WASHINGTON The U.S. has five-star rankings for restaurants and hotels. So why not five-star rankings for nursing homes?
The Bush administration announced Wednesday that it will put in place such a rating system by the end of the year. It's designed to give consumers another tool to consider when shopping for a nursing home. The ratings would be placed on a government Web site.
"The fact a home has a lower rating will likely put them on the path to improvement," said Kerry Weems, acting administrator for the Centers for Medicare and Medicaid Services. "I don't think we're going to see many people who are very anxious to put a loved one in a one-star home."
The agency said it would seek comment from the industry and consumers to determine the criteria for the rankings.
In announcing their intentions, federal officials also unveiled new regulations that will require all nursing homes to have in place sprinkler systems by 2013. Homes that fail to have the sprinkler systems could not serve Medicare participants.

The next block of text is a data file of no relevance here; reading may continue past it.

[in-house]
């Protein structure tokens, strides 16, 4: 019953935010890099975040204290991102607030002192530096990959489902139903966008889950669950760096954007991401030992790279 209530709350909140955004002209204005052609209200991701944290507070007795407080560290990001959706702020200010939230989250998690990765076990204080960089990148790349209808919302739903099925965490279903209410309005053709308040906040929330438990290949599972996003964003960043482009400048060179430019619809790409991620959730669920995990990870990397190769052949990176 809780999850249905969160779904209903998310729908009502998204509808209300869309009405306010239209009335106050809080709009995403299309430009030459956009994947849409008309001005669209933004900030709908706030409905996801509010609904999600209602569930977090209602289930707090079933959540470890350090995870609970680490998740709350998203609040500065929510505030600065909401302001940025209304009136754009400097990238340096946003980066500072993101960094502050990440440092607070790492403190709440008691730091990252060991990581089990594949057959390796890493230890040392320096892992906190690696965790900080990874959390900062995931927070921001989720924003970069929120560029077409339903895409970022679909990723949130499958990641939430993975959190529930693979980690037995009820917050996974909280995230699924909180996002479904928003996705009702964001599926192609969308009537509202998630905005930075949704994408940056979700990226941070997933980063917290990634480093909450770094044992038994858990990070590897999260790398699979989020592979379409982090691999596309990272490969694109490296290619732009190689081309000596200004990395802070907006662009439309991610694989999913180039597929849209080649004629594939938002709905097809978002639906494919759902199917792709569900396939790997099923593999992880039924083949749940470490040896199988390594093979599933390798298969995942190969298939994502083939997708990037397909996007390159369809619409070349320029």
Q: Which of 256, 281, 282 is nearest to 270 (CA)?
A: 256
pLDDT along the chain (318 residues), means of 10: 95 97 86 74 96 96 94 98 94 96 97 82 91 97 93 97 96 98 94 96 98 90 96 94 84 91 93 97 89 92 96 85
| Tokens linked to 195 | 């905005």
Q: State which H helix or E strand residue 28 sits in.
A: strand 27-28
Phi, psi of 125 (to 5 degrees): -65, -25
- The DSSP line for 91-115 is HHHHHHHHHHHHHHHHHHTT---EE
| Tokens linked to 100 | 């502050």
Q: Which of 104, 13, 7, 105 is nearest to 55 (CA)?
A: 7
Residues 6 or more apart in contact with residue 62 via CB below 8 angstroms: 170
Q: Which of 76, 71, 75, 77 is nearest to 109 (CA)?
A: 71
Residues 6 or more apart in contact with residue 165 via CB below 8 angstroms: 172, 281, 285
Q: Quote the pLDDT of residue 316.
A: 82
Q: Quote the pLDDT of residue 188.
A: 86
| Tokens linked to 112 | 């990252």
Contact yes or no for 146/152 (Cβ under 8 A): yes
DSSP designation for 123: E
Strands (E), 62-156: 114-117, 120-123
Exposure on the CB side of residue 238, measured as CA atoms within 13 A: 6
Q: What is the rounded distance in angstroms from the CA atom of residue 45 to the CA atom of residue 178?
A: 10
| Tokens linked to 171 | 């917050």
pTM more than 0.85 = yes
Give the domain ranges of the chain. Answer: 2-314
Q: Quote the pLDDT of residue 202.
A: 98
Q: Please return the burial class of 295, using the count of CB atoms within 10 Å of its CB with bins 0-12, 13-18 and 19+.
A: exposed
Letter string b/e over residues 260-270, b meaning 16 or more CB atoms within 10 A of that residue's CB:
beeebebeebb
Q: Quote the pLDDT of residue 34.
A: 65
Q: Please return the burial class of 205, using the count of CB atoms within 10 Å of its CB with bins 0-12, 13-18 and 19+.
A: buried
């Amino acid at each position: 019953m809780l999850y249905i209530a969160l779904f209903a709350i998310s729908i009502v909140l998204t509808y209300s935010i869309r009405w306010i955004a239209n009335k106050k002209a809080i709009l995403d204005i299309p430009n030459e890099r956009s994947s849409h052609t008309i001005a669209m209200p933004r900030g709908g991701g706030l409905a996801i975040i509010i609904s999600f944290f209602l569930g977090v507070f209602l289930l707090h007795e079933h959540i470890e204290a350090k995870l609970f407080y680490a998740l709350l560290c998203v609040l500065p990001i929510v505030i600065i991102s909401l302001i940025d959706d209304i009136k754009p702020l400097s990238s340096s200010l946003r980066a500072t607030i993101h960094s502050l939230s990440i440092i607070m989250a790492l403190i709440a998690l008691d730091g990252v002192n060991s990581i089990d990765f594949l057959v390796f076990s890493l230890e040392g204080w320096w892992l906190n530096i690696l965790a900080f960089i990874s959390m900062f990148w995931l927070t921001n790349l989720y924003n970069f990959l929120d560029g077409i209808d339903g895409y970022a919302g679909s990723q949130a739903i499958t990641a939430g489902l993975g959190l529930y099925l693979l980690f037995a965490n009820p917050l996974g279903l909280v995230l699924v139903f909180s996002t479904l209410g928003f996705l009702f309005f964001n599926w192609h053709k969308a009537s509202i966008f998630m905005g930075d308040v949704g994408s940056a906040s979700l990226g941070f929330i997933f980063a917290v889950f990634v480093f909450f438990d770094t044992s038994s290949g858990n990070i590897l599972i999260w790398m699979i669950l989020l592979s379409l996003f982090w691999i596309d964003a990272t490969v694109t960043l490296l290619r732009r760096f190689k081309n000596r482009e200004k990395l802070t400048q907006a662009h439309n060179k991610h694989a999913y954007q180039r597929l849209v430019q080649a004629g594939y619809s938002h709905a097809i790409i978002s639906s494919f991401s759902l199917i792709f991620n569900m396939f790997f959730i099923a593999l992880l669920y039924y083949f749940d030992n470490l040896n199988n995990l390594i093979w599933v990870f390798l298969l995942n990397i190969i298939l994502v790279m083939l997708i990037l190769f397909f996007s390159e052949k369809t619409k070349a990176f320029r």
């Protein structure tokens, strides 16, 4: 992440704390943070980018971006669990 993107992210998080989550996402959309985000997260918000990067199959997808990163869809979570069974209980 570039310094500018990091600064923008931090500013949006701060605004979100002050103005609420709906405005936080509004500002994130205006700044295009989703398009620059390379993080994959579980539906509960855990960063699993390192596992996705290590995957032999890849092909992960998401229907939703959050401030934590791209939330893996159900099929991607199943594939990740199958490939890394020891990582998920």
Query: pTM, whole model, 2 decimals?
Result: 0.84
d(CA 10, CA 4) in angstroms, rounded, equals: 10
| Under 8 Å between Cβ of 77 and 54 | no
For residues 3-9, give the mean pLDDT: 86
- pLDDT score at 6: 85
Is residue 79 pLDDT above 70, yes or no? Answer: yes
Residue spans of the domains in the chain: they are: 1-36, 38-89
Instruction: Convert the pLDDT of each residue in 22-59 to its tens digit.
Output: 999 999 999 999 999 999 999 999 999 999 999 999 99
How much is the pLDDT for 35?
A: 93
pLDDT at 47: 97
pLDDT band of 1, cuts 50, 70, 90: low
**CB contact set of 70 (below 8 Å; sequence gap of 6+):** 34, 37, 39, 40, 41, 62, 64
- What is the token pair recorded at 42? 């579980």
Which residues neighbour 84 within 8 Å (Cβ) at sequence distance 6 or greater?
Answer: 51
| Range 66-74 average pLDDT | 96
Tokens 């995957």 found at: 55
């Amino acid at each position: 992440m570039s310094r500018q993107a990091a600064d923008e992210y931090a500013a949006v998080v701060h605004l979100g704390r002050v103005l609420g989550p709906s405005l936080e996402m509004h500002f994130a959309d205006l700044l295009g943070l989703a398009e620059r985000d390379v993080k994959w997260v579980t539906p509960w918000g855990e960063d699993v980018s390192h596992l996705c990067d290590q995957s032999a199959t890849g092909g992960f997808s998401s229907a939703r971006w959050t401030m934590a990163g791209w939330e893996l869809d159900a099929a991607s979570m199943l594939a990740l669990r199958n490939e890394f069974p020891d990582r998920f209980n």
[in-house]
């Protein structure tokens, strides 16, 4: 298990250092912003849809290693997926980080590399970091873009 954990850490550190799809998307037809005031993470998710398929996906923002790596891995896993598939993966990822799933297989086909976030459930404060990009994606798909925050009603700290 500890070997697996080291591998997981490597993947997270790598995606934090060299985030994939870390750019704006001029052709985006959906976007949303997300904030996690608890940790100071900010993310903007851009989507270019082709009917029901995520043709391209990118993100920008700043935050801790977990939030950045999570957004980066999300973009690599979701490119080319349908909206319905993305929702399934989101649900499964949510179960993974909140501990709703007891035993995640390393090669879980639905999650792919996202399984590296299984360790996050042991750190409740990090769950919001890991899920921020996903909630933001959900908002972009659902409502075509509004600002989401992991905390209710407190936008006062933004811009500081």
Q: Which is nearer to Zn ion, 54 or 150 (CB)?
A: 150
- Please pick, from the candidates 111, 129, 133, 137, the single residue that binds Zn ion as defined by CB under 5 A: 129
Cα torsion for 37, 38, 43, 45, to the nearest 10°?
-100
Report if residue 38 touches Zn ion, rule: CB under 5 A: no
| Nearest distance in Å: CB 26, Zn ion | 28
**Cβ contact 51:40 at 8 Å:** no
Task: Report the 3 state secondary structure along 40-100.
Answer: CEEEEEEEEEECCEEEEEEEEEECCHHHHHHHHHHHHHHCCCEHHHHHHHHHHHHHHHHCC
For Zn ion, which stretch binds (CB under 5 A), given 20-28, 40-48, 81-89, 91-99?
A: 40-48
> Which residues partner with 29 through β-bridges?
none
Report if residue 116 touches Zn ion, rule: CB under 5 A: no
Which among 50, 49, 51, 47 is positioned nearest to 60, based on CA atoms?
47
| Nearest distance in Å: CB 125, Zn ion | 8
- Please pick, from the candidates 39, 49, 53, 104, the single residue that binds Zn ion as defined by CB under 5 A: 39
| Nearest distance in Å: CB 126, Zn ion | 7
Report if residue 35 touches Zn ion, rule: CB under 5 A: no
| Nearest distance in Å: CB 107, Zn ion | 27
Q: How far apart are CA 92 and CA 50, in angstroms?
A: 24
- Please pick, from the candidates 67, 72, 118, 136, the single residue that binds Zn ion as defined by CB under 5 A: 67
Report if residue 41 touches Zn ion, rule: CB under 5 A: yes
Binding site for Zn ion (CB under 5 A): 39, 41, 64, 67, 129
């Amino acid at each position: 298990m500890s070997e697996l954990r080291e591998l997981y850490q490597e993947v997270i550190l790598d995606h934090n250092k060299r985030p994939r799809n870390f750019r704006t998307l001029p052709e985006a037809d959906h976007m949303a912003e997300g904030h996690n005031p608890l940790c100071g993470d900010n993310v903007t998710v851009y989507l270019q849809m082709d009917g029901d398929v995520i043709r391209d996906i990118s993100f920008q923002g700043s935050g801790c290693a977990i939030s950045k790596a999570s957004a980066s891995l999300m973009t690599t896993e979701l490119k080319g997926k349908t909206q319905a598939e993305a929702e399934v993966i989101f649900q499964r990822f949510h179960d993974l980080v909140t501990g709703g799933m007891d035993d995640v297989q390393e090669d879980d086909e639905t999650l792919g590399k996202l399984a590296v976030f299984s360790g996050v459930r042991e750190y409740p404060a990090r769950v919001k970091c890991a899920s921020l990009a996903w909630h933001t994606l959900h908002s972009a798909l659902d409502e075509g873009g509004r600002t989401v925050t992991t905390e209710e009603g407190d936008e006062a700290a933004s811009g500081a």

Newer nursing homes all have sprinkler systems, but many older homes do not. Overall, the government estimates that about one out of every 11 nursing homes don't have sprinkler systems. Still others only have partial sprinkler systems and will have to make improvements. Overall, there are about 16,000 nursing homes in the United States.
In 2004, the Government Accountability Office recommended that federal health officials explore requiring sprinklers in all nursing homes. The recommendation came one year after 31 residents died in nursing home fires in Hartford, Conn., and Nashville, Tenn.
Federal regulations did not require either home to have automatic sprinklers, and both fires broke out at night when staffing was at its lowest level.
There has never been a multiple-death fire in a nursing home with a full sprinkler system, government auditors said.
The five-year window for putting in place a sprinkler system was designed to give nursing homes time to plan and finance the undertaking, but they shouldn't expect federal loans or grants to help pay for it. The estimated cost of the improvements over five years amounts to about $850 million.
"Nursing homes finance improvements to their physical plant all the time. This is the kind of improvement they need to keep residents safe, so we don't contemplate specific grants for nursing homes who are not in compliance with the rule," Weems said.